TWO MIGHTY TIMBERS FALL
Two extraordinary people passed away this month. Both were scions in the dietary supplement field and both were men of integrity and courage who harbored a great love of liberty and freedom of choice. They are Robert D. Irons, who died on July 1, and Clinton Ray Miller, who died on July 24. I had the great fortune of knowing them both. The world is a better place because of them.
Robert D. Irons died much too young at the age of 38, yet his contributions to nutrition science exceed his years. Robert was a doctor of nutritional immunology, having obtained that degree from the University of Missouri. He did his post-doctoral work at the National Institutes of Health in Bethesda, Maryland. He was entirely absorbed in the quest to discover which nutrients and combination of nutrients and which health modalities would best reduce the incidence of disease and increase longevity and quality of life.
Robert was the son of the world renowned nutrition pioneer and health freedom advocate Victor Earl Irons who predeceased Robert and of Victor’s wife Julia Irons who runs the company, V.E. Irons Inc., that his father founded. The chief scientist at V.E. Irons until his passing, Robert helped the company expand its product line to embrace additional health enhancing products. His legacy will always be a part of that remarkable company.
I had the privilege of conversing with Robert on important issues of law and science, because I represent V.E. Irons Inc. I found Robert exceptionally bright but humble. He was a man possessed of compassion, with keen insight, common sense, and a fervent desire to help mankind more than improve his own lot in life. He was a great man. He will be sorely missed.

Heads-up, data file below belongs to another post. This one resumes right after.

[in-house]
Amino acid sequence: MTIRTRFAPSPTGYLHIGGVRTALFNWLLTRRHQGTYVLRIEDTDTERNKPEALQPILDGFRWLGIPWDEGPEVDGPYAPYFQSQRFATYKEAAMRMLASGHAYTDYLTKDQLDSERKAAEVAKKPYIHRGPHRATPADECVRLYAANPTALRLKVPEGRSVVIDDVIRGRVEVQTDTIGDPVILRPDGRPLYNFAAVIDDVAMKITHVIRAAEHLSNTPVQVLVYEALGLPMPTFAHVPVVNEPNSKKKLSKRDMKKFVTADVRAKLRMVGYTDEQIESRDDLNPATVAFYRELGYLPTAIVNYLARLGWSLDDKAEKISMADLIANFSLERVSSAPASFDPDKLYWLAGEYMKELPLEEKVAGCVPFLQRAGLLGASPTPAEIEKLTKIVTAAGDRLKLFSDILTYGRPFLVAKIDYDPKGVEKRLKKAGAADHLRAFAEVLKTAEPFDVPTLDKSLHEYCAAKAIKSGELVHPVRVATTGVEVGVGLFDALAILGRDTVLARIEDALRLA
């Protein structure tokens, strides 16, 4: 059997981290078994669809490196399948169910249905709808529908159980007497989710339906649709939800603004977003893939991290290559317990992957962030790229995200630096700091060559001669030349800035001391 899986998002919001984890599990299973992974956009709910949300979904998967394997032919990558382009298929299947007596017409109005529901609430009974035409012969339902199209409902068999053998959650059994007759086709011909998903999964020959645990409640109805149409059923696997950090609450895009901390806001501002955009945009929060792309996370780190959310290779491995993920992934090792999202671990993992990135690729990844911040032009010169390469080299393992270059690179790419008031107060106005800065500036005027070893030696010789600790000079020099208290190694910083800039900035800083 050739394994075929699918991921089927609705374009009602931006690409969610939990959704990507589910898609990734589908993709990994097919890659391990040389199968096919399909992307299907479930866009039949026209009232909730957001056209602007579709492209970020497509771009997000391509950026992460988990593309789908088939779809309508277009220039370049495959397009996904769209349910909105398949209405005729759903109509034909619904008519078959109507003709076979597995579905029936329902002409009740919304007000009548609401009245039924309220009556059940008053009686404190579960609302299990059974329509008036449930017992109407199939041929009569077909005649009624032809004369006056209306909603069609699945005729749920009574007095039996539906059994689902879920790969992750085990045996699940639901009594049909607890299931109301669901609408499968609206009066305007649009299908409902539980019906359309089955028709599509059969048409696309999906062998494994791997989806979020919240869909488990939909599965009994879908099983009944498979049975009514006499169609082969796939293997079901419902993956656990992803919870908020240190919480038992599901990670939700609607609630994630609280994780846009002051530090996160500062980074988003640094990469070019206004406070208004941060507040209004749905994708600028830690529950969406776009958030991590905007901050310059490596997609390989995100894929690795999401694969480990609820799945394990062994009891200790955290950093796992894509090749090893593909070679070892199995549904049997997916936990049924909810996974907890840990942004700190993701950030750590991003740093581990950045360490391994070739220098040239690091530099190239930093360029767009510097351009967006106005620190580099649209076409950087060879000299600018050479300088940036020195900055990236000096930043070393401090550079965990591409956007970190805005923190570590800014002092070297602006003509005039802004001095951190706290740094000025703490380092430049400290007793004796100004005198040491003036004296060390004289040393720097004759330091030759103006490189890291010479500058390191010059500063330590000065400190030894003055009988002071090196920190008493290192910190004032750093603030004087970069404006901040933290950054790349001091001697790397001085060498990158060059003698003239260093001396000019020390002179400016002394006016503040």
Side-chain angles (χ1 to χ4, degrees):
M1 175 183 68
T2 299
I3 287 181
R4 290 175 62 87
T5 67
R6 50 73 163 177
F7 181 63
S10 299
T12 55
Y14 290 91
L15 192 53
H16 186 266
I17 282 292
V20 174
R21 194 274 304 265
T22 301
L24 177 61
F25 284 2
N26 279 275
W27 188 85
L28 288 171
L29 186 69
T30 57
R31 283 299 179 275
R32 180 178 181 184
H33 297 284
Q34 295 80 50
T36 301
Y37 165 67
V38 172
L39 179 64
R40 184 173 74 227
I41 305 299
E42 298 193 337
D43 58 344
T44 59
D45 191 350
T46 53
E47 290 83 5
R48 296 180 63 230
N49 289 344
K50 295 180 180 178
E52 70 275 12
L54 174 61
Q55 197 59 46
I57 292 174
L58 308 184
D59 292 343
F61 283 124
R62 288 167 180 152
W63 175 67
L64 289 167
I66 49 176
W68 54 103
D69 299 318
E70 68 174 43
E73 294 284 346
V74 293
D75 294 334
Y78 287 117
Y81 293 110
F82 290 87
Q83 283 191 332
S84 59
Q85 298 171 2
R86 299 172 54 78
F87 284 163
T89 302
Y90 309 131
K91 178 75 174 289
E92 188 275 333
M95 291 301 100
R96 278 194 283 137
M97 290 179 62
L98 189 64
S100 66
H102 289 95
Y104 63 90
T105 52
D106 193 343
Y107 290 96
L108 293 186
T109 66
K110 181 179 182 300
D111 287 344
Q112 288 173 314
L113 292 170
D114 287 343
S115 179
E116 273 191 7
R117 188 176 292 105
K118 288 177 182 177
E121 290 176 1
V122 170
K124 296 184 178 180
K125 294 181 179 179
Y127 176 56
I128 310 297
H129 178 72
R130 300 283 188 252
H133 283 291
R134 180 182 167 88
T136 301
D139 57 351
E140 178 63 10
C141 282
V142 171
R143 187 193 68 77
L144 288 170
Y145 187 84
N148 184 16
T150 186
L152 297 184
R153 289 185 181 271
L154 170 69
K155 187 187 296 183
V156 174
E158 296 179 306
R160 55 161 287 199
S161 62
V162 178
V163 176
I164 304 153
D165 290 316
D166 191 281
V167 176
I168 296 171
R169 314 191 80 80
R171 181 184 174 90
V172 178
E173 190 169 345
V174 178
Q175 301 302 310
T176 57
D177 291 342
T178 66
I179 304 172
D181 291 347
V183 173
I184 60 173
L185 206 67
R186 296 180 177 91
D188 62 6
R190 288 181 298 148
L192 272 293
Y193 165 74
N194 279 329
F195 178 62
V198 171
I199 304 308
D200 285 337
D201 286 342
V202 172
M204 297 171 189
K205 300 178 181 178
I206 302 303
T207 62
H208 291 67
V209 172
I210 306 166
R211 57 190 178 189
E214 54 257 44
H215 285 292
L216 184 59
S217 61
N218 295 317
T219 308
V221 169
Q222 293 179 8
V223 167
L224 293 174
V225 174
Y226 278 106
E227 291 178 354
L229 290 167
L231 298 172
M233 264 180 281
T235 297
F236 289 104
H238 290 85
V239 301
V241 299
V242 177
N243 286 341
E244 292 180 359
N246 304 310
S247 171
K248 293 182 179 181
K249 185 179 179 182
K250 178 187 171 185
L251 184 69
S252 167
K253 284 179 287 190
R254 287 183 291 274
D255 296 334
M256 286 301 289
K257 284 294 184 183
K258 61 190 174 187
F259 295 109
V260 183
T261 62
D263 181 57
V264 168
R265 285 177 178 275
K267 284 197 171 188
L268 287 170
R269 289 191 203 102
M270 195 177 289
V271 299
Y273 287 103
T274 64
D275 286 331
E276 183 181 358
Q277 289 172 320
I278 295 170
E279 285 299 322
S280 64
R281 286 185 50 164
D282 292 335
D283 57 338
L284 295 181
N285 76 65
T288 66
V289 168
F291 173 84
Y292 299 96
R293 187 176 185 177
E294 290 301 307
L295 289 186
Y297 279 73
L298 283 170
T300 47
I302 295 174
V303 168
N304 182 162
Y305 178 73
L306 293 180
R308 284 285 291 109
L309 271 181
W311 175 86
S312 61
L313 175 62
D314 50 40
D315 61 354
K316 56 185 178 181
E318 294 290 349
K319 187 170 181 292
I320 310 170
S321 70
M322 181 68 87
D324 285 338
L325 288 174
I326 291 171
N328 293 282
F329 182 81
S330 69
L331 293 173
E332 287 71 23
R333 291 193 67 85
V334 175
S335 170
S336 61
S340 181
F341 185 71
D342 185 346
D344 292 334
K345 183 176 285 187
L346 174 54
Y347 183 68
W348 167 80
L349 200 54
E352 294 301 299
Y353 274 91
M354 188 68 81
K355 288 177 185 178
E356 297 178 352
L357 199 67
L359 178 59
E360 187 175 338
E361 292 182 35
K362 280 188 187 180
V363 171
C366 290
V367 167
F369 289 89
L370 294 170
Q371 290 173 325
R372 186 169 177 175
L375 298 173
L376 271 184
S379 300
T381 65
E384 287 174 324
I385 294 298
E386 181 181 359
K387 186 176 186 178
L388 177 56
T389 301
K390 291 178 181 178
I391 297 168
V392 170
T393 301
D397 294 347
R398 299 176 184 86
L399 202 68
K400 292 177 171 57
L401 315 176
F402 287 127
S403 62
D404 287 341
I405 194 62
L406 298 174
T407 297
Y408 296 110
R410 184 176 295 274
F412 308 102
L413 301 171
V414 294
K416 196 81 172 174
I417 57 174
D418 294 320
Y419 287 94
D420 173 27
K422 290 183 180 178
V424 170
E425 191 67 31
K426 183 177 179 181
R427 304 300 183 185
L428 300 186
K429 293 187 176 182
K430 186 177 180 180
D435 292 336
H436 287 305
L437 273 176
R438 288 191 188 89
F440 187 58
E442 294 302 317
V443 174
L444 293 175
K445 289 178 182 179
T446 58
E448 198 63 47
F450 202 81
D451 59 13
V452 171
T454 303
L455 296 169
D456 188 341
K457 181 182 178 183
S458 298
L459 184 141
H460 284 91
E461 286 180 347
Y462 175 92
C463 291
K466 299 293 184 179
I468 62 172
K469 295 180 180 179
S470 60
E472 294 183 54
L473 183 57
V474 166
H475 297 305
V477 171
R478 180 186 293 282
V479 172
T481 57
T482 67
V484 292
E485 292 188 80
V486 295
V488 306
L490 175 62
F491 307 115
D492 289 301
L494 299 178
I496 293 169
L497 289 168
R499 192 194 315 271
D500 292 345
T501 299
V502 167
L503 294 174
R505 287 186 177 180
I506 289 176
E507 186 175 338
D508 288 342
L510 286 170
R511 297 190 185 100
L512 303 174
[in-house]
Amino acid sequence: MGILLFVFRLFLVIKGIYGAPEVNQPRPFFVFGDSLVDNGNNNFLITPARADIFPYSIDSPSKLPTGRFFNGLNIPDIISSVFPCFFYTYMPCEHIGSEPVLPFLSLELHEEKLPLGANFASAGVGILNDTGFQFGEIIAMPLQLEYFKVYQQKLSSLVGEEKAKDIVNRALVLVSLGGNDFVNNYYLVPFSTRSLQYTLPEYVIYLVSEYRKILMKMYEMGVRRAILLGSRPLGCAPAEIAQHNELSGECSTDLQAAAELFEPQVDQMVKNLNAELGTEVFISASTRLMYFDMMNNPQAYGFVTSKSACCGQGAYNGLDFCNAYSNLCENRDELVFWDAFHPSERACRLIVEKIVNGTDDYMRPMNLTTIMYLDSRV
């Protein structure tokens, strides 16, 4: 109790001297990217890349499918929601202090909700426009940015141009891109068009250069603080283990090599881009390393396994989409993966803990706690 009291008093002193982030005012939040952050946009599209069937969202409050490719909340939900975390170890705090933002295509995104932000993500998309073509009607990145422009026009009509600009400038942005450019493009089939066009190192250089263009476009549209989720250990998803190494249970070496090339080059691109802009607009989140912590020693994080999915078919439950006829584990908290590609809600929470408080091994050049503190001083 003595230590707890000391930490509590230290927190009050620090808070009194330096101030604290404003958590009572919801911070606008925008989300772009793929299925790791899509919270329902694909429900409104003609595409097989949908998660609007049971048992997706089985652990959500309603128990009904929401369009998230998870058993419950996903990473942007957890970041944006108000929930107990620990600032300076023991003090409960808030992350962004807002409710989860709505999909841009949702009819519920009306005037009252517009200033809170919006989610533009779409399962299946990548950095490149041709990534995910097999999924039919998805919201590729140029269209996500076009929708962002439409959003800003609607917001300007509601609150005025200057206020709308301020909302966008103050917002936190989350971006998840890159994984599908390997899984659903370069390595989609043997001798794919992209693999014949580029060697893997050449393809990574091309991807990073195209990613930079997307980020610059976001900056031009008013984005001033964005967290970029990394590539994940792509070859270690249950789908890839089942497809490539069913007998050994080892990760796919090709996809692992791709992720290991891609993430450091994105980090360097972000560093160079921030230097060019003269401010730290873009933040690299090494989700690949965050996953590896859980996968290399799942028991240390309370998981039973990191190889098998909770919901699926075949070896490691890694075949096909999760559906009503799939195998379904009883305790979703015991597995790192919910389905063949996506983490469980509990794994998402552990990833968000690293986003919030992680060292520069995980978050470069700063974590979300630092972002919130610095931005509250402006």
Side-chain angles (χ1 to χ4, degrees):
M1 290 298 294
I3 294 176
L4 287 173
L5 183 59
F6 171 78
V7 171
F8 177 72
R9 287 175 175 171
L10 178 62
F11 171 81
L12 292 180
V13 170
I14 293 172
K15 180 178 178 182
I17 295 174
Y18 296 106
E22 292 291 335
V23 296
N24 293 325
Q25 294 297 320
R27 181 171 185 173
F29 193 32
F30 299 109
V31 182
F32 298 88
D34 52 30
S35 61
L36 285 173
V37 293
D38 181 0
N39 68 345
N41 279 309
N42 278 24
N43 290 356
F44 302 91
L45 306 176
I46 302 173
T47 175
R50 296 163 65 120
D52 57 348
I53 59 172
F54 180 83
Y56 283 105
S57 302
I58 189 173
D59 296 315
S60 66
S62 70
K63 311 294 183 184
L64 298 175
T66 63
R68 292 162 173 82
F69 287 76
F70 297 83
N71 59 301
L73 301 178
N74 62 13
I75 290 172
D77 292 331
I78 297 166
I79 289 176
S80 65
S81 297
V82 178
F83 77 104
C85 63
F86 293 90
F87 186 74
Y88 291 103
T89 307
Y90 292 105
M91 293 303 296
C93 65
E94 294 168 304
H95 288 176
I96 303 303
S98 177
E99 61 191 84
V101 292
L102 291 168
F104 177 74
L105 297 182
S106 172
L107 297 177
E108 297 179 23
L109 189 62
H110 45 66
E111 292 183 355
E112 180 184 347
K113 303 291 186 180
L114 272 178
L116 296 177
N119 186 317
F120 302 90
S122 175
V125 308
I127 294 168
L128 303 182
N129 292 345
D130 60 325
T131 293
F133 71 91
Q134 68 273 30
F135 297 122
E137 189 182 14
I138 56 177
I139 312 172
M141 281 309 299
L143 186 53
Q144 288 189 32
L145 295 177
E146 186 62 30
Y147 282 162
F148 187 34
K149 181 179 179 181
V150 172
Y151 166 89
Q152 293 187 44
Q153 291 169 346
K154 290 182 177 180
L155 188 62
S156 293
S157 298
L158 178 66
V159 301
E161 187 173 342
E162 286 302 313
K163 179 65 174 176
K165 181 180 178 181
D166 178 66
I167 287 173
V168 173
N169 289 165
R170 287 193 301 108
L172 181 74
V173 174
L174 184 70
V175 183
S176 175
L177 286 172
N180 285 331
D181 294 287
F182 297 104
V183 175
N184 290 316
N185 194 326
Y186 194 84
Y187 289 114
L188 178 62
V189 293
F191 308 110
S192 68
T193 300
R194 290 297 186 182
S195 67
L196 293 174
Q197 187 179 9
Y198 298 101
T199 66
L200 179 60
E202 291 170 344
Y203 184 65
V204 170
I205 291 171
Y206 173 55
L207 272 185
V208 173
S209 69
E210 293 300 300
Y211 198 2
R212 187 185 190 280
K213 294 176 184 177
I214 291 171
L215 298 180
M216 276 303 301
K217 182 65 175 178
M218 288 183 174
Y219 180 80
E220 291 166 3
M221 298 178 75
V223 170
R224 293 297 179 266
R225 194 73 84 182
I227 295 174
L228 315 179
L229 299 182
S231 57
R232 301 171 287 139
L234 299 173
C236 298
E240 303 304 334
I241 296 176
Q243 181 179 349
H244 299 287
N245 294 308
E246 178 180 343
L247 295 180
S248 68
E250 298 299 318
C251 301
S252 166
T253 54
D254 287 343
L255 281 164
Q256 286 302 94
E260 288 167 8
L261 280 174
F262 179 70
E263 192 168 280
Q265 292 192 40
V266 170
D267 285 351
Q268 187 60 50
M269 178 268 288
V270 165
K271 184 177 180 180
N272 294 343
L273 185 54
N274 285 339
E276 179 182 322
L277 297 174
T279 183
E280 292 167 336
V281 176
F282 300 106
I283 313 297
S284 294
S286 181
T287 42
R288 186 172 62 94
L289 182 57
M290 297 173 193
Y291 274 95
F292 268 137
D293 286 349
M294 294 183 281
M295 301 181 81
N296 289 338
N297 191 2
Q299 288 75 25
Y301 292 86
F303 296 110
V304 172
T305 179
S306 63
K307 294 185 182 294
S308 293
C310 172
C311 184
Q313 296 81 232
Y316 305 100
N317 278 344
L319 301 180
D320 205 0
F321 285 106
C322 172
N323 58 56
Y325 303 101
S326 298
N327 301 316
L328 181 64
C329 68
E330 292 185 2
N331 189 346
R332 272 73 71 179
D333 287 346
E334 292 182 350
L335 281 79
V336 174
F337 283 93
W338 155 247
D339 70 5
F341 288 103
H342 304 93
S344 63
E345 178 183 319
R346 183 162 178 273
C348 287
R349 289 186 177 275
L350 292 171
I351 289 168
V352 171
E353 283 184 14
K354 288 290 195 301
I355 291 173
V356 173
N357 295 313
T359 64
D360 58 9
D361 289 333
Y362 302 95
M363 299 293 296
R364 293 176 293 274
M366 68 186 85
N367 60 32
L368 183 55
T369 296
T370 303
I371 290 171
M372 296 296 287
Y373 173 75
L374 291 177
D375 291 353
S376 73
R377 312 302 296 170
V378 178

Clinton Ray Miller rose to prominence during the earliest days of the health freedom movement. He was a lobbyist but an atypical one. Companies did not hire Clinton because he would do their bidding no matter what. Companies hired Clintononly if they agreed with him, because he certainly would not divorce himself from his fundamental beliefs for profit. Indeed, Clinton Ray Miller is one the nation’s greatest advocates of freedom of informed choice in the health arena. His effectiveness is in no small measure due to the fact that everyone knew him to be entirely sincere. He was well recognized on Capitol Hill with fans on both sides of the aisle, impressed by his commitment, drive, and depth of character.
The owner of one of the nation’s first health food bakeries in the 1950’s, Clinton believed to his core in the science of natural foods and supplements. He waged a 17 year battle to block congressional attempts to place statutory limits on the quantities of vitamins and minerals that could be sold in the market, culminating in the passage of the Proxmire amendment which forbids such limits. He also proved instrumental in the campaign to pass the Dietary Supplement Health and Education Act.
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I will remember Clinton most for his sage presentations at the Health Freedom Expo and his never ending kindness and integrity. He was an early ally of Dr. Wendell Whitman, himself a pioneer in the development of alternative medicine and natural health. Clinton was a perennial and beloved speaker at the expos. Quick to disabuse audiences of false or misleading notions, he was also equally quick to rise in defense of principles of freedom and those who waged the good fight. He had a distinguished career in the military, was an adored father, was kind to a fault, and lived in perfect accord with the Golden Rule. He never uttered a harsh, insensitive or profane word. He believed in justice and was no respecter of persons, to quote biblical passage; in other words, there was no prejudice or guile in him. He never imbibed in alcohol or drugs. He was possessed of a natural leadership quality, a grandeur, a polite presence, and love. When we would meet, he never failed to inquire about my family with a sincere interest. He loved children. To say Clinton Miller was a gentleman in every respect is a gross understatement. He will be sorely missed.
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